Horseshoe crabs are marine invertebrates that live in and around shallow water with soft or muddy sands. They have not changed much since 450 million years ago and so are commonly referred to as ‘living fossils’.

Special gills found behind the back legs (called ‘book gills’) exchange respiratory gases and can also be used for swimming. When these crabs swim, they actually do so upside down - though only at 0.3 miles per hour.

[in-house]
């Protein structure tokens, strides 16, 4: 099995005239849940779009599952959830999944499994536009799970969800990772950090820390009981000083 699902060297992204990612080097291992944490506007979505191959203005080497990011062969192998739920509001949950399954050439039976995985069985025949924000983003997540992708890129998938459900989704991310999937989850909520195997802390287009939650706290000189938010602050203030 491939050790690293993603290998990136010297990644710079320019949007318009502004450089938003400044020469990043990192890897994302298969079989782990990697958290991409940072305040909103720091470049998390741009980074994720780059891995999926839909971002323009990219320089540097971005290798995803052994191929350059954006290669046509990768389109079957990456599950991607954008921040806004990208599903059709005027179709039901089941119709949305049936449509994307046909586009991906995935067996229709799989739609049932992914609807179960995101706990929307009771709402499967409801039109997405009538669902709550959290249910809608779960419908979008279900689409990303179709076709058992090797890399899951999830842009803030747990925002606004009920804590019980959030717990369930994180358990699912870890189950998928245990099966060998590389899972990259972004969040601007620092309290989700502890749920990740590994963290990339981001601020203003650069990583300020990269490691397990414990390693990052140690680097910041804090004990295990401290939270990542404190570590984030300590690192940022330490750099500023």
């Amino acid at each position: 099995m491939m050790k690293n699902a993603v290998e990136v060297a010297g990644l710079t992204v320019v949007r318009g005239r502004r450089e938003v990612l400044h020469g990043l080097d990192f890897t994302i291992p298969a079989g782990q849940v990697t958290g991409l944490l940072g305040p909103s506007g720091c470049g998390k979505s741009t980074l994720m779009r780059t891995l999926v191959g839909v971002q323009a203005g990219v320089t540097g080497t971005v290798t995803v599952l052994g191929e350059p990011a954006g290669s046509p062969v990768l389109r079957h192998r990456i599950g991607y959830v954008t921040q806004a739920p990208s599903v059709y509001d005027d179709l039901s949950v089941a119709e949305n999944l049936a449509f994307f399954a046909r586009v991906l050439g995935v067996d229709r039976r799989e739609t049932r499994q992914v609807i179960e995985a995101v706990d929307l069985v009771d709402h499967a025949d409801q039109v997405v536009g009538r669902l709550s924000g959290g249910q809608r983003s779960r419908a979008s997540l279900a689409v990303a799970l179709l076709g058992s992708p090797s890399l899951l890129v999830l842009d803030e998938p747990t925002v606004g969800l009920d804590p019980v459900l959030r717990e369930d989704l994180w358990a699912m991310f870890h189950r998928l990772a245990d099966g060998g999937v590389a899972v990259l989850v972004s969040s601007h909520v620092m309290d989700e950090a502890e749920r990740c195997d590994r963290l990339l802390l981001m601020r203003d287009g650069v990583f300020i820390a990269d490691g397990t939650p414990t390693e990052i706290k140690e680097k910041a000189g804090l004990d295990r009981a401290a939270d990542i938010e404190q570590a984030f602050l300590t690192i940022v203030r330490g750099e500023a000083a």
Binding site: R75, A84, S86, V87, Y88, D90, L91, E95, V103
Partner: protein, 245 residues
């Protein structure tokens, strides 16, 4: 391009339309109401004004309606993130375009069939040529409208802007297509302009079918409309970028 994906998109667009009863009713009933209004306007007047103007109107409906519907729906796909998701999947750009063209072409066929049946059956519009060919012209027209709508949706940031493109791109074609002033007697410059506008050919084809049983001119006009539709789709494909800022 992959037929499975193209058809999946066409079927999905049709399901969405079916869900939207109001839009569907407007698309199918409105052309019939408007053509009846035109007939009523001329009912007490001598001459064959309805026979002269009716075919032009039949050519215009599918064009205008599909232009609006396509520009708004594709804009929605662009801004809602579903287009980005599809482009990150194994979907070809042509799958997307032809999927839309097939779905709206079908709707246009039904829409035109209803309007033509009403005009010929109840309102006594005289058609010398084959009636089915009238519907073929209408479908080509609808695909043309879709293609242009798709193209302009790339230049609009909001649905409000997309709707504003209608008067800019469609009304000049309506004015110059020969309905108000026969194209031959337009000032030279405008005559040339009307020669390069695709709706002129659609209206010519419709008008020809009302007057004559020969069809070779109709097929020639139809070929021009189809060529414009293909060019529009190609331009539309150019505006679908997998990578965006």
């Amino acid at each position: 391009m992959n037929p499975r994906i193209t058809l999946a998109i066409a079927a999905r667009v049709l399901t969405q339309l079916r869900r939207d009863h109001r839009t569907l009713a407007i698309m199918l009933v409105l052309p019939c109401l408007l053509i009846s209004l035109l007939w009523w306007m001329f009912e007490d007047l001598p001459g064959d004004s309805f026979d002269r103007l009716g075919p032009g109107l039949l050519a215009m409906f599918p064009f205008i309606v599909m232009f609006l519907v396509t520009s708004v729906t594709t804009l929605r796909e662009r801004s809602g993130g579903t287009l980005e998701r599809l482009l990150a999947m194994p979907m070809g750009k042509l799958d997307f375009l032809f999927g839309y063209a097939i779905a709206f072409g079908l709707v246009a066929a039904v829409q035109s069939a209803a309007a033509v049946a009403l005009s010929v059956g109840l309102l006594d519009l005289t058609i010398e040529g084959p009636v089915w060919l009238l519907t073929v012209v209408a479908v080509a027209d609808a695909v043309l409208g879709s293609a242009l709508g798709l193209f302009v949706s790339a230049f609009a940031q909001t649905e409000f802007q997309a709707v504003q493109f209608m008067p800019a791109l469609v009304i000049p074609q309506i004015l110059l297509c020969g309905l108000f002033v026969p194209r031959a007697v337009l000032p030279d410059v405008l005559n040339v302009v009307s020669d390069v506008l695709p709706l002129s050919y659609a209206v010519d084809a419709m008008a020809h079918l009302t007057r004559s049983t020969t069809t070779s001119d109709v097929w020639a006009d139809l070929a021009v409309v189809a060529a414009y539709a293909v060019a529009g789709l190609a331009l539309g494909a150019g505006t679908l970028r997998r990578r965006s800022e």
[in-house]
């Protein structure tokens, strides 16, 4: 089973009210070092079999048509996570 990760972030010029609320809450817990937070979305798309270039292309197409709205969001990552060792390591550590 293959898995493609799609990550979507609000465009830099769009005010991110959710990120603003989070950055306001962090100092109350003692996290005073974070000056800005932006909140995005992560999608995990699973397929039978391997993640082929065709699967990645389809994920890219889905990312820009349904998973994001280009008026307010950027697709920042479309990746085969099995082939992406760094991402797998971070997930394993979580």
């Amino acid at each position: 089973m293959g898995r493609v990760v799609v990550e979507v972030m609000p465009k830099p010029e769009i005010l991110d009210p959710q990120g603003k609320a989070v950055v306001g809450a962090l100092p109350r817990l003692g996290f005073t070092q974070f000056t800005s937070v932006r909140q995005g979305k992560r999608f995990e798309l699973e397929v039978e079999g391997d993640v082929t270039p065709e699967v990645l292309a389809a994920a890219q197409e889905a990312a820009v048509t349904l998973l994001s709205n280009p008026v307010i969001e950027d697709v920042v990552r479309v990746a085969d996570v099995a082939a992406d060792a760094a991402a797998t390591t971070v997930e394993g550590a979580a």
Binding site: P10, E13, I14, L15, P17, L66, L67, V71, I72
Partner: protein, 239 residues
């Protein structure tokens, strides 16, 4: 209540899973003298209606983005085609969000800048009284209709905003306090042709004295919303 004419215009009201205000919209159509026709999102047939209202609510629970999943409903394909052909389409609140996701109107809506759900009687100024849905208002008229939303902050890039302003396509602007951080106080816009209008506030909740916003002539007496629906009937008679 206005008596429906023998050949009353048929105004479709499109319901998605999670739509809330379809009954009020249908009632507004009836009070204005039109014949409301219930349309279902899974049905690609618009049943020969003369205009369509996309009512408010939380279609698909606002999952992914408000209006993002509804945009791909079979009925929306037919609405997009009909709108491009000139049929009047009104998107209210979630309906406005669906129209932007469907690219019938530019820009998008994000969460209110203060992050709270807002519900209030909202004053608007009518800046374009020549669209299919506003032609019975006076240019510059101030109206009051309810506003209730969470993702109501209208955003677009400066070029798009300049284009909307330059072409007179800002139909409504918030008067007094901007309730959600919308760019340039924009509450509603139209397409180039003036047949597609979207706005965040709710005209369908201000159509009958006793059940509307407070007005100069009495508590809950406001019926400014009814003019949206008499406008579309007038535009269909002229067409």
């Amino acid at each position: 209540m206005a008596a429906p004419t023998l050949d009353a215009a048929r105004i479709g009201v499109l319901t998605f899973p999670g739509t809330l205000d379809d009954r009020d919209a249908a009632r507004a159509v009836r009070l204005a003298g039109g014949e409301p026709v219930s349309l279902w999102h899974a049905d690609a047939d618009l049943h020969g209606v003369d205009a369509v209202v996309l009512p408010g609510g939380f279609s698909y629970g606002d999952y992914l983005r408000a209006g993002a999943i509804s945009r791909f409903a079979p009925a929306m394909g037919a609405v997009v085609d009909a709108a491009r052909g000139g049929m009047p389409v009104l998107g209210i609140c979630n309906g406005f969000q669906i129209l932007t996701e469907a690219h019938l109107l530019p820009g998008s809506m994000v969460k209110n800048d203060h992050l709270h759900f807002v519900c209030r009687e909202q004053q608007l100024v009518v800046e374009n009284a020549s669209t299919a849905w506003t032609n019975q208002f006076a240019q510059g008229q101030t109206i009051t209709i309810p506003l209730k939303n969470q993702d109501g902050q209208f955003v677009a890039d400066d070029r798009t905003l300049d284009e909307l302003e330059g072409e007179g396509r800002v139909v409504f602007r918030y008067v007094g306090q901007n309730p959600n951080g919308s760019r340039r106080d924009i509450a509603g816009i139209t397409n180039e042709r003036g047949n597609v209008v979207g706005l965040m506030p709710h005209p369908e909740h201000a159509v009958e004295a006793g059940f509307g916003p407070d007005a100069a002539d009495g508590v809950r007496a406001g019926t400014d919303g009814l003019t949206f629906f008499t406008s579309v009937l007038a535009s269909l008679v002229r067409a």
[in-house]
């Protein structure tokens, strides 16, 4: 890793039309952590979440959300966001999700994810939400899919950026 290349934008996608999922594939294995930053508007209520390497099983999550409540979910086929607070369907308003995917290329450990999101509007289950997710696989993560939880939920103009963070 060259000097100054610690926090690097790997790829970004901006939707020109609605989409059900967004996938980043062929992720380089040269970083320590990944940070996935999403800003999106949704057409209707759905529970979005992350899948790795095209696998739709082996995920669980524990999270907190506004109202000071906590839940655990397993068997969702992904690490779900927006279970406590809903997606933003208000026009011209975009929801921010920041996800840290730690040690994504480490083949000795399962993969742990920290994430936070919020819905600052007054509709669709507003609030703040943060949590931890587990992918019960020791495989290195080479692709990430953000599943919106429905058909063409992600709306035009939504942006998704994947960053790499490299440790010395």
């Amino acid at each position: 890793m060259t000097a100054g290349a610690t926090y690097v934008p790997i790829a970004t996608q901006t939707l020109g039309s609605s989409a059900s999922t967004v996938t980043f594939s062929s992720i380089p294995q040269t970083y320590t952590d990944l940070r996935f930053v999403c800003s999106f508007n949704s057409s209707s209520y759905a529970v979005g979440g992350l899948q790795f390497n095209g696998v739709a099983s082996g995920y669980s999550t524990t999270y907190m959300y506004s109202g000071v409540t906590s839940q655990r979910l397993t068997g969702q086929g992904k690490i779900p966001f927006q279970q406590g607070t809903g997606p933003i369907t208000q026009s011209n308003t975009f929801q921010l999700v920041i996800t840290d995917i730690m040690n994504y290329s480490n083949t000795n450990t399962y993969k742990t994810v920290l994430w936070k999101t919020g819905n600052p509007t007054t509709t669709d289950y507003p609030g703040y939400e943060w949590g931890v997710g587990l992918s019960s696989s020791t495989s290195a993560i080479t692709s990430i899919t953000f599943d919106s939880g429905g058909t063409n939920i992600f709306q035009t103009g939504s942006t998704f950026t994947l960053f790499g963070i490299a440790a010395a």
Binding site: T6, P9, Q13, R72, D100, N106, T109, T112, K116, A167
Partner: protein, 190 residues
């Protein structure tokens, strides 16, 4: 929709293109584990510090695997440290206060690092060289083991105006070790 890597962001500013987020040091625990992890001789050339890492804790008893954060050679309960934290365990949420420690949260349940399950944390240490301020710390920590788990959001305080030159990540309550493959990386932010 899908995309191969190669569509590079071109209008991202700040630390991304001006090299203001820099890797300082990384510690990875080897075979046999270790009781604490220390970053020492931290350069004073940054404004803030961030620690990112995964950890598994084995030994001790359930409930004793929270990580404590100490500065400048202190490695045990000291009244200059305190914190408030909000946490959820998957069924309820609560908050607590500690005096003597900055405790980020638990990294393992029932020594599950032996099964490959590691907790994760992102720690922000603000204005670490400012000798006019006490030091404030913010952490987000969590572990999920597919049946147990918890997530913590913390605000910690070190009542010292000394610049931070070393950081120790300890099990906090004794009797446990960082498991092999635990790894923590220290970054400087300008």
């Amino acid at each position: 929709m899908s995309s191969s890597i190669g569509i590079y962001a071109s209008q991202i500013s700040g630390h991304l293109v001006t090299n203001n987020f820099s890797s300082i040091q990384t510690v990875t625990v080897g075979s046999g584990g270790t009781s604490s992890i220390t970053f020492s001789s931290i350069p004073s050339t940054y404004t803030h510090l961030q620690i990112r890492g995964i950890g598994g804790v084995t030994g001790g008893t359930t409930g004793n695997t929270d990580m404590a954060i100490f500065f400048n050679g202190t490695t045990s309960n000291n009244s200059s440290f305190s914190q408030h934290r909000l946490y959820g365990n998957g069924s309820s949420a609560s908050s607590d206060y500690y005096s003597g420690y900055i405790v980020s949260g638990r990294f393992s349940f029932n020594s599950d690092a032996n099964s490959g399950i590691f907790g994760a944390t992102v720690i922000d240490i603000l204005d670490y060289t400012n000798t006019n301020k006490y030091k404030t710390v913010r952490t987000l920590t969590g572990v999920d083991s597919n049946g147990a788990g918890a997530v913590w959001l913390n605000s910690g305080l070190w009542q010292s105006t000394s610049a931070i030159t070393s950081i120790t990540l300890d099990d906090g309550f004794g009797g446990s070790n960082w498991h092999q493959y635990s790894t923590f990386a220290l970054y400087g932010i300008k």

Horseshoe crabs do not have haemoglobin in their blood, but instead use haemocyanin to carry oxygen. Because of the copper present in hemocyanin, their blood is bright blue. This blood is used in the medical industry for a variety of purposes and is often harvested from wild crabs; the mortality rate of this process for the crabs ranges between 5-30% depending on the methods used.